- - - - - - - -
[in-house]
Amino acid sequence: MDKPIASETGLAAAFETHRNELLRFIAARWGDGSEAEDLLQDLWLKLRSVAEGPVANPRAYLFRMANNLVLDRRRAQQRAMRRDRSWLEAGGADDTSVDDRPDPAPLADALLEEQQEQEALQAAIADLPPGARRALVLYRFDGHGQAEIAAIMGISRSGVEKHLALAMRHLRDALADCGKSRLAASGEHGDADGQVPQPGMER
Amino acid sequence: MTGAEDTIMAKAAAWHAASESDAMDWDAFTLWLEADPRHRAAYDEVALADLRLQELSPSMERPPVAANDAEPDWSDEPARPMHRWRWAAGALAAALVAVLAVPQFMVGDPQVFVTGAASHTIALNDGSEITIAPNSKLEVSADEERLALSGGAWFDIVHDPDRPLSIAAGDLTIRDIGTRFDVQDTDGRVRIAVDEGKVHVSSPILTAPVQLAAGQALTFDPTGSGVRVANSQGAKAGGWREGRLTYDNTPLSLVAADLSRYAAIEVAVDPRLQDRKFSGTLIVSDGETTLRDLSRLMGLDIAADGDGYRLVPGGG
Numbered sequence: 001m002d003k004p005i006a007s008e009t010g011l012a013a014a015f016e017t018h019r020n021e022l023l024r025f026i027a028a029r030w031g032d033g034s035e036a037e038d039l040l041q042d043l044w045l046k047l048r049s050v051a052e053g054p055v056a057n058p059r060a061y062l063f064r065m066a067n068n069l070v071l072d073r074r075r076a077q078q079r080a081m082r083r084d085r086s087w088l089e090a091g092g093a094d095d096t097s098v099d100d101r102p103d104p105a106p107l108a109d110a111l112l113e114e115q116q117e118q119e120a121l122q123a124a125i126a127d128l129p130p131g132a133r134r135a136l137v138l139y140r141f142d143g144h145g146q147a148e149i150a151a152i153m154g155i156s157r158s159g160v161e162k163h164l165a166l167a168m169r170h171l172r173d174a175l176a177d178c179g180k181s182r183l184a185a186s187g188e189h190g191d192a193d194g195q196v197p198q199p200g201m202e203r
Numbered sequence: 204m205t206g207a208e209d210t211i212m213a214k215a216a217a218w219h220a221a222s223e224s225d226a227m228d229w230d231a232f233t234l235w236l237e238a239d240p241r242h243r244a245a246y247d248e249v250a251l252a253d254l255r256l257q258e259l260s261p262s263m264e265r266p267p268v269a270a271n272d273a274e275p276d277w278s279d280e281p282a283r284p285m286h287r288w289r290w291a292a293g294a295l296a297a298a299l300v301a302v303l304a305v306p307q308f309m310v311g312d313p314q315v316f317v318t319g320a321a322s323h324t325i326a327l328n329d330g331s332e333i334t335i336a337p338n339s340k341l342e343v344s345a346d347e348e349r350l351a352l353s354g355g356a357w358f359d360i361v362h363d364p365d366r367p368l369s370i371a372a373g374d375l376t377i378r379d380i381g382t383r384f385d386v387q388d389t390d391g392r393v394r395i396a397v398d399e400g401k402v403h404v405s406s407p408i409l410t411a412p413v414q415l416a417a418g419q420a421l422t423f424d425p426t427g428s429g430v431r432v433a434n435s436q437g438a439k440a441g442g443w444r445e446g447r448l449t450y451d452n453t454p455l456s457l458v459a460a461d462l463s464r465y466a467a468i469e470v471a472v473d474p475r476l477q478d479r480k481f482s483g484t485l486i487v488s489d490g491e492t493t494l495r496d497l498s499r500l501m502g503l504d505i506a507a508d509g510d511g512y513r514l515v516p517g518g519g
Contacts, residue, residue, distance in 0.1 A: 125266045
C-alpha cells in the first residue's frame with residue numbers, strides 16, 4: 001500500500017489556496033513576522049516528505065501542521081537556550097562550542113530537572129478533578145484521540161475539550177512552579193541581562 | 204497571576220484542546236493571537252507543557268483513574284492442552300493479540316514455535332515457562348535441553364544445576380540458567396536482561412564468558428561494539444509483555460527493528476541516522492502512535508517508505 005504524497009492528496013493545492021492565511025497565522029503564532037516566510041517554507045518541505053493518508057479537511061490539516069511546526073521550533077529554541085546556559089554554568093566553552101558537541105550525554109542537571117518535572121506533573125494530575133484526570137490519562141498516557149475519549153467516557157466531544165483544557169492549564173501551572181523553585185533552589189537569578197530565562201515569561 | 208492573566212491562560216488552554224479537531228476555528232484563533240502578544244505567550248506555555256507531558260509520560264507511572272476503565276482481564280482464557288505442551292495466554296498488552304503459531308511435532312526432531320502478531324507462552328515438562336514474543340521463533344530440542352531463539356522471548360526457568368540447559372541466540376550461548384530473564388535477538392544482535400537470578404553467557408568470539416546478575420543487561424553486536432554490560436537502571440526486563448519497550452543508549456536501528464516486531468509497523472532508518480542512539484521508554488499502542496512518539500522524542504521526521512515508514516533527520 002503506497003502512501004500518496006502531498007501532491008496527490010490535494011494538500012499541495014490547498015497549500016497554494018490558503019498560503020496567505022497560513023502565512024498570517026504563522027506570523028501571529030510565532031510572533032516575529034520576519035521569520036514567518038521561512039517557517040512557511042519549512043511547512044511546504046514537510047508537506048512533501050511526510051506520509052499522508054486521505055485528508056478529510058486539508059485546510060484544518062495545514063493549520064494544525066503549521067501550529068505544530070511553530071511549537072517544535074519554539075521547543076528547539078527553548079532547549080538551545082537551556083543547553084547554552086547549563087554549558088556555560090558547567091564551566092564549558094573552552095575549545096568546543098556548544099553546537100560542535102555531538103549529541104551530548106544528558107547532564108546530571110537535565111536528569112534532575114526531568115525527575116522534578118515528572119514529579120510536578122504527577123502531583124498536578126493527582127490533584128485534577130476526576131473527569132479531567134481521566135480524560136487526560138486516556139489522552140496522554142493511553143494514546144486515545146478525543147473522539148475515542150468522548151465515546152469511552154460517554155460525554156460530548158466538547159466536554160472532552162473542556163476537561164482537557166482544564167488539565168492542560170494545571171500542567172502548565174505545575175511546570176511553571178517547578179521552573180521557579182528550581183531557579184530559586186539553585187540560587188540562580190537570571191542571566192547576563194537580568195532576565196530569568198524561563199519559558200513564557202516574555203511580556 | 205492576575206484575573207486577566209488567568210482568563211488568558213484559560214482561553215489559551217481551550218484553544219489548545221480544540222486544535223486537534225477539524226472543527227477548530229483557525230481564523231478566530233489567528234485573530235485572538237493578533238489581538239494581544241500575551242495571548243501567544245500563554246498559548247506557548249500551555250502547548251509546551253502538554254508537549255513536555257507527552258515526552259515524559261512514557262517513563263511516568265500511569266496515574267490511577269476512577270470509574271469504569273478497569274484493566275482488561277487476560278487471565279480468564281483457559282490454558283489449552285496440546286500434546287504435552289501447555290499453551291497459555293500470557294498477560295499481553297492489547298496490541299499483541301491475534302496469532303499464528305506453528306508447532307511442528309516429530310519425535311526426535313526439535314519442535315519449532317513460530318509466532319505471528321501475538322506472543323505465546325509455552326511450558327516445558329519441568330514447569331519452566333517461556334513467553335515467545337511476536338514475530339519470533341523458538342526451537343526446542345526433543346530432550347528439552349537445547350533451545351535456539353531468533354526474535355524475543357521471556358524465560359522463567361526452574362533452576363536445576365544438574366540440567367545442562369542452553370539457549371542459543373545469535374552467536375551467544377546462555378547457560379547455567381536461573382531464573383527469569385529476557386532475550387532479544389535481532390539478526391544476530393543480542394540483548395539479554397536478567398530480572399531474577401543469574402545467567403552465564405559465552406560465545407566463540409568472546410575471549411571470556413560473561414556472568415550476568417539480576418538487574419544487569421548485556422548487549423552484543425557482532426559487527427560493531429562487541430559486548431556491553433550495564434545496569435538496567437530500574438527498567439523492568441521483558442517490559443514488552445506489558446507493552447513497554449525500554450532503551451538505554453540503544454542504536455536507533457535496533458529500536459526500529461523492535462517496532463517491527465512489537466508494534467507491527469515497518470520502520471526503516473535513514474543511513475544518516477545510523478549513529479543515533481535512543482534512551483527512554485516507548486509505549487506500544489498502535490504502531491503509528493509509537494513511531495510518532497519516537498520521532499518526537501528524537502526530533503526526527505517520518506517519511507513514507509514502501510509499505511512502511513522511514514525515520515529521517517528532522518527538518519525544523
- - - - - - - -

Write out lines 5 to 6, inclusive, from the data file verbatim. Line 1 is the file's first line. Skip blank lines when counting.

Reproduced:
Numbered sequence: 204m205t206g207a208e209d210t211i212m213a214k215a216a217a218w219h220a221a222s223e224s225d226a227m228d229w230d231a232f233t234l235w236l237e238a239d240p241r242h243r244a245a246y247d248e249v250a251l252a253d254l255r256l257q258e259l260s261p262s263m264e265r266p267p268v269a270a271n272d273a274e275p276d277w278s279d280e281p282a283r284p285m286h287r288w289r290w291a292a293g294a295l296a297a298a299l300v301a302v303l304a305v306p307q308f309m310v311g312d313p314q315v316f317v318t319g320a321a322s323h324t325i326a327l328n329d330g331s332e333i334t335i336a337p338n339s340k341l342e343v344s345a346d347e348e349r350l351a352l353s354g355g356a357w358f359d360i361v362h363d364p365d366r367p368l369s370i371a372a373g374d375l376t377i378r379d380i381g382t383r384f385d386v387q388d389t390d391g392r393v394r395i396a397v398d399e400g401k402v403h404v405s406s407p408i409l410t411a412p413v414q415l416a417a418g419q420a421l422t423f424d425p426t427g428s429g430v431r432v433a434n435s436q437g438a439k440a441g442g443w444r445e446g447r448l449t450y451d452n453t454p455l456s457l458v459a460a461d462l463s464r465y466a467a468i469e470v471a472v473d474p475r476l477q478d479r480k481f482s483g484t485l486i487v488s489d490g491e492t493t494l495r496d497l498s499r500l501m502g503l504d505i506a507a508d509g510d511g512y513r514l515v516p517g518g519g
Contacts, residue, residue, distance in 0.1 A: 125266045